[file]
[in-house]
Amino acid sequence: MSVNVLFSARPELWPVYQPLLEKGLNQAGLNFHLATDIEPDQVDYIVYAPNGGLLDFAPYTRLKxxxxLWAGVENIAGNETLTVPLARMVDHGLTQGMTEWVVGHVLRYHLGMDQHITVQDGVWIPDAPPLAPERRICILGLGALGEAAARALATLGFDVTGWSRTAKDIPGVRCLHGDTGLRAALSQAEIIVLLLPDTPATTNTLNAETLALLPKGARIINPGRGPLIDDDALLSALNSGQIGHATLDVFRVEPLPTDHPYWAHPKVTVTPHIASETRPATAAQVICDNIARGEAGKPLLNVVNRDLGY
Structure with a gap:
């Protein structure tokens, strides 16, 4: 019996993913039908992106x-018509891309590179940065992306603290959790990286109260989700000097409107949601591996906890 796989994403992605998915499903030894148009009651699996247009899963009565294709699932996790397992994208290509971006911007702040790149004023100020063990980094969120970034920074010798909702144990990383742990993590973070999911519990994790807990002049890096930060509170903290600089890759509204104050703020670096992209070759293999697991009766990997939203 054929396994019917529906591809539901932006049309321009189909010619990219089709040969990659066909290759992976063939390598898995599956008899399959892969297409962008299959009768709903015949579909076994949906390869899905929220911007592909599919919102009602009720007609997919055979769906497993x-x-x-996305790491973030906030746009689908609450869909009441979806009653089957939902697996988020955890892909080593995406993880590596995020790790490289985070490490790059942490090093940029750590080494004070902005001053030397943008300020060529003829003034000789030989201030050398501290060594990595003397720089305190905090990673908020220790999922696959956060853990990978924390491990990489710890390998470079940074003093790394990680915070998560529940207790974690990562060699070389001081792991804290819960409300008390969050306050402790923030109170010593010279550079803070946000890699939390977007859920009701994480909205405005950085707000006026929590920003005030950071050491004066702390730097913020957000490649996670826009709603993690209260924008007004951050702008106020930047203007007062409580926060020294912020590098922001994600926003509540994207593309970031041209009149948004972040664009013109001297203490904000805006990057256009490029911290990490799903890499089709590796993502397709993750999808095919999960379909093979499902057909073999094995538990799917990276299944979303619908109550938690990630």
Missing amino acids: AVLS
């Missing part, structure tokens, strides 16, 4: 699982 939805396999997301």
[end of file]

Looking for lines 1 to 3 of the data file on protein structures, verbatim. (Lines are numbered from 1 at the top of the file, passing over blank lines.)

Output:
[in-house]
Amino acid sequence: MSVNVLFSARPELWPVYQPLLEKGLNQAGLNFHLATDIEPDQVDYIVYAPNGGLLDFAPYTRLKxxxxLWAGVENIAGNETLTVPLARMVDHGLTQGMTEWVVGHVLRYHLGMDQHITVQDGVWIPDAPPLAPERRICILGLGALGEAAARALATLGFDVTGWSRTAKDIPGVRCLHGDTGLRAALSQAEIIVLLLPDTPATTNTLNAETLALLPKGARIINPGRGPLIDDDALLSALNSGQIGHATLDVFRVEPLPTDHPYWAHPKVTVTPHIASETRPATAAQVICDNIARGEAGKPLLNVVNRDLGY
Structure with a gap: